The House Ways and Means Committee on November 7 spent a second day marking up the Tax Cuts and Jobs Bill (HR 1). According to Senate Majority Leader Mitch McConnell, R-Ky., the Senate tax reform bill is expected to be released by November 10. However, SFC member Dean Heller, R-Nev., said that the bill will be released on November 9.
Second Day of Tax Reform Markup
During the second day of tax reform markup, Democrats offered amendments that failed on party-line votes. Rep. Ron Kind, D-Wis., offered an amendment that extended the repeal of the individual State and Local Tax (SALT) deduction to all business organizations. “Let’s also ask the corporations of America to also give up the deductions,” Kind said. He called the GOP proposal to eliminate the deduction for individuals a “pay-for” for the proposed tax cuts.
As the bill stands, the SALT deduction is only eliminated on the individual side of the tax code. According to Rep. Devin Nunes, R-Calif., the deduction was eliminated on the individual side because it allows states to continue to raise taxes and primarily benefits wealthy taxpayers. Further, eliminating the deduction for businesses would “create massive distortions in the marketplace,” Nunes said.
House Democrats further criticized the GOP tax bill during a November 7 press briefing. During the briefing Ways and Means member Joe Crowley, D-N.Y., defined the legislation as “taking from the poor to give to the rich.” According to Crowley, the bill “caters to the needs of special interest corporations, as well as the rich and wealthy and most powerful in this nation, at the expense of the middle class.”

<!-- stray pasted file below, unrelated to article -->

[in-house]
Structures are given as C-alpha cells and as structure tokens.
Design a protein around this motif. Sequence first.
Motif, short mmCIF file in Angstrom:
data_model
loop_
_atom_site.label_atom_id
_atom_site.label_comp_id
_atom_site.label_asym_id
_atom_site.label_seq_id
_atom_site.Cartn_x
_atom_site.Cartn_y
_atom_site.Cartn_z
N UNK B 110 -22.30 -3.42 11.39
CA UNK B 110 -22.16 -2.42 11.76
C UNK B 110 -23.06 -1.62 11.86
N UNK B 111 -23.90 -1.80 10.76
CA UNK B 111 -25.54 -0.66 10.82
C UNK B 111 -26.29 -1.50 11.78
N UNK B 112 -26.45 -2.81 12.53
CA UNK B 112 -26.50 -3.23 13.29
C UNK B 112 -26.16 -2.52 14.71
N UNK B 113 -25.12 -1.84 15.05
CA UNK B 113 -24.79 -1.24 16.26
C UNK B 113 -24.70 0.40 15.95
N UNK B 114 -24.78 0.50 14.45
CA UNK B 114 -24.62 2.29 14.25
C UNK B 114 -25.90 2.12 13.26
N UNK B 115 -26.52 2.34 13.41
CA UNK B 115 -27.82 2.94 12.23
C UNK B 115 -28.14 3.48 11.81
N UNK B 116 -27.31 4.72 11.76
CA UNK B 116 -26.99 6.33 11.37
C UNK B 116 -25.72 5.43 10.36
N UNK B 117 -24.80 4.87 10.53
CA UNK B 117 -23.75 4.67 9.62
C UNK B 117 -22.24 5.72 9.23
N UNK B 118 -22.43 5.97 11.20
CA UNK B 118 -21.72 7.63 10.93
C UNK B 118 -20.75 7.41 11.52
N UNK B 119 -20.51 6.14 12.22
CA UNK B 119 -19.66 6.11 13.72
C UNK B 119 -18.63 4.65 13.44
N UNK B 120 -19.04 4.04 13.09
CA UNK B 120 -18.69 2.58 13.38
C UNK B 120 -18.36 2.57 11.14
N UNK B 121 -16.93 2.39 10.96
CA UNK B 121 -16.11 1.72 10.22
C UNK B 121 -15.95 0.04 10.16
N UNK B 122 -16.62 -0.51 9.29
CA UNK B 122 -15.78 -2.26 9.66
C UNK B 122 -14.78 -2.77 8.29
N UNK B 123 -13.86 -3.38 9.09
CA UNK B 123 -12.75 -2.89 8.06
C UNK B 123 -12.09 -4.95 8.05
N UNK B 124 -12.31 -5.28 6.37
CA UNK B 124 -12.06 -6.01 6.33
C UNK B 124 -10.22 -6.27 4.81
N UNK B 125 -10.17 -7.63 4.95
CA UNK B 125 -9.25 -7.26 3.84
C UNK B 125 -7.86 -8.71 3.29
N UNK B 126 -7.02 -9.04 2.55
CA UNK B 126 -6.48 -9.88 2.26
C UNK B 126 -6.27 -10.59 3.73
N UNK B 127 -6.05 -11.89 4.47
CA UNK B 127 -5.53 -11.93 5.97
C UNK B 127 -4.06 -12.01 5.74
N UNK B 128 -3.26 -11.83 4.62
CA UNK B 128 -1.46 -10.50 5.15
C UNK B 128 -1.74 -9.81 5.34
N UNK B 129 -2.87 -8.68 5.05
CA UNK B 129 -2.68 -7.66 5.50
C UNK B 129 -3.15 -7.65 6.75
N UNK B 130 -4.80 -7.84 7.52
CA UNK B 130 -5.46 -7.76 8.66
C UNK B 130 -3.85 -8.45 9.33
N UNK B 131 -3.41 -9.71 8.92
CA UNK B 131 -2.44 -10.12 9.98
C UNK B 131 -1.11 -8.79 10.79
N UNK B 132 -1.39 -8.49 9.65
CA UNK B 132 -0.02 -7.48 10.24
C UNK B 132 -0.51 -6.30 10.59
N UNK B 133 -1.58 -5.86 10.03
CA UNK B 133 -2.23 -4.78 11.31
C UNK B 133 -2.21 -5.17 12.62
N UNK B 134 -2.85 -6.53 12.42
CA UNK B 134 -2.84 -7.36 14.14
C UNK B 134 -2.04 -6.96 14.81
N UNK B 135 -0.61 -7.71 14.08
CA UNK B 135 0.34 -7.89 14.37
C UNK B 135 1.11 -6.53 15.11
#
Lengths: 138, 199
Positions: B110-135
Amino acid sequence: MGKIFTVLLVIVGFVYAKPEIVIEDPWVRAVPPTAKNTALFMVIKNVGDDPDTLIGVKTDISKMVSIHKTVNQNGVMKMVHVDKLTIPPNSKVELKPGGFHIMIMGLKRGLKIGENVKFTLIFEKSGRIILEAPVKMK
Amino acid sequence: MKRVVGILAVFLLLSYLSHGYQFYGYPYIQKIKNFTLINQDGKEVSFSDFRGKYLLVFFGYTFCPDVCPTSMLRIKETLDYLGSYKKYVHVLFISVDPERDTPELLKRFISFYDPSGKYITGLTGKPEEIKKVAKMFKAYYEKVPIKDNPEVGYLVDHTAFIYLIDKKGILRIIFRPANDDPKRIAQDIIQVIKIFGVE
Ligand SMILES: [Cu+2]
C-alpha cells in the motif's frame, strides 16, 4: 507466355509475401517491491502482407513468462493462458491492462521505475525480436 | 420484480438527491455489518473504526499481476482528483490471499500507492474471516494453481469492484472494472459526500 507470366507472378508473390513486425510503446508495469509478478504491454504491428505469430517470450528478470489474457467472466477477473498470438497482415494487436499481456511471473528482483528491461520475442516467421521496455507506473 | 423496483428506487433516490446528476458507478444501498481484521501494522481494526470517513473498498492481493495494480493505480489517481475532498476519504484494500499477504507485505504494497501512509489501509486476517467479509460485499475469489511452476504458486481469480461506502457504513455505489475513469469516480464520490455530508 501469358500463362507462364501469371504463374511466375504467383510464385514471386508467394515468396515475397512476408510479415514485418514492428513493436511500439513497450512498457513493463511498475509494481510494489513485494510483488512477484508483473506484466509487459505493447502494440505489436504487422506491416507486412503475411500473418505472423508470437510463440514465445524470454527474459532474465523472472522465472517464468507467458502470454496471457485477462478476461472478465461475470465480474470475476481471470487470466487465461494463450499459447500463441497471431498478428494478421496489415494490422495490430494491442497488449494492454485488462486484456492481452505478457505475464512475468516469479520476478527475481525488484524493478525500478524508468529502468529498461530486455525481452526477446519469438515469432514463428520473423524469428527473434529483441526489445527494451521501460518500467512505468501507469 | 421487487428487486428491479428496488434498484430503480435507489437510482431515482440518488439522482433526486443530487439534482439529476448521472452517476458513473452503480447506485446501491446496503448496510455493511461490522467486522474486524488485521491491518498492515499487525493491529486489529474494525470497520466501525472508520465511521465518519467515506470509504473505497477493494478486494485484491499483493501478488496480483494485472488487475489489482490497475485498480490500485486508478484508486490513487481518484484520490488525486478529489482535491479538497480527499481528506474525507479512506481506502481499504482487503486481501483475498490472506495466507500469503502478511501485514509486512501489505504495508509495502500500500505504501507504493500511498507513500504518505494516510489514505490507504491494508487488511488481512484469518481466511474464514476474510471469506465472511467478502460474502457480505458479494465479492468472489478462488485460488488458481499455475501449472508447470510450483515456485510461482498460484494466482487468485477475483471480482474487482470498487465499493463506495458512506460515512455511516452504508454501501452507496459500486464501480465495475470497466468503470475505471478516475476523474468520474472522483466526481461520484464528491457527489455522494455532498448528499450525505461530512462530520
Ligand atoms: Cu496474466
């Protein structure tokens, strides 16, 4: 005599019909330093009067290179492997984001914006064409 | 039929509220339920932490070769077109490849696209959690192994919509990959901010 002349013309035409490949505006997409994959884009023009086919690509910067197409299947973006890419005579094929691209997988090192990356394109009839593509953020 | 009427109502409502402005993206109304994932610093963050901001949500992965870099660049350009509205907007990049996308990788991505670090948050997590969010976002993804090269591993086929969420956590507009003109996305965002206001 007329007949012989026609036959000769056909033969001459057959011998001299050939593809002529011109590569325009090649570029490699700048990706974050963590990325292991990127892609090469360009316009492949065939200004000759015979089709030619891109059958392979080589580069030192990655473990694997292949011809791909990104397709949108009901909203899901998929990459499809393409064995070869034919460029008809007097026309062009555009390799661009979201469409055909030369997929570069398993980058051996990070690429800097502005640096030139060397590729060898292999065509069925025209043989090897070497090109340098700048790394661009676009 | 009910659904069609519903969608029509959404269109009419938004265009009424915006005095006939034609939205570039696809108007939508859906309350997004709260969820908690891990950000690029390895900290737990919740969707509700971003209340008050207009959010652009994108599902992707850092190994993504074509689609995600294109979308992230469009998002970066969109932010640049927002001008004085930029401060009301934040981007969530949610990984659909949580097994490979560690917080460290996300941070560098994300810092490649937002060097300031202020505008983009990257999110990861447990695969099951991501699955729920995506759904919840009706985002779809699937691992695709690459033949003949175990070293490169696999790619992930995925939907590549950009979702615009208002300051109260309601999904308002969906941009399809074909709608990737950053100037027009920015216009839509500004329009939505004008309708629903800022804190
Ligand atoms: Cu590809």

As Ways and Means members continued debate, House GOP leadership dismissed Democrats’ criticisms. They also dismissed various estimates showing that the House tax bill will create more deficit than economic growth can pay for. “We believe we’re going to be fine on that,” House Speaker Paul Ryan, R-Wis., told reporters on November 7.” We believe that when you look at other analysis, whether it’s going to be Treasury or the rest, that we’re right there in the sweet spot with economic growth that gives us more revenue,” he added. The Joint Committee on Taxation (JCT) is expected to release a report using dynamic scoring that will estimate how economic growth will impact the over $1.4 trillion cost to the federal budget from the bill’s proposed tax cuts.
“Don’t believe everything you read,” Ways and Means Chairman Kevin Brady, R-Tex., said on November 7, referencing a retracted estimate the day before by the Urban Brookings Tax Policy Center (TPC). The TPC cited to certain misinterpretations as the cause for the retraction and is expected to release additional estimates. “You’re going to see a lot of different analysis that at the end of the day just isn’t accurate,” according to Brady.
At press time, the Ways and Means Committee was expected to continue debate late into the evening. The committee will resume markup of the measure on November 8.
By Jessica Jeane, Wolters Kluwer News Staff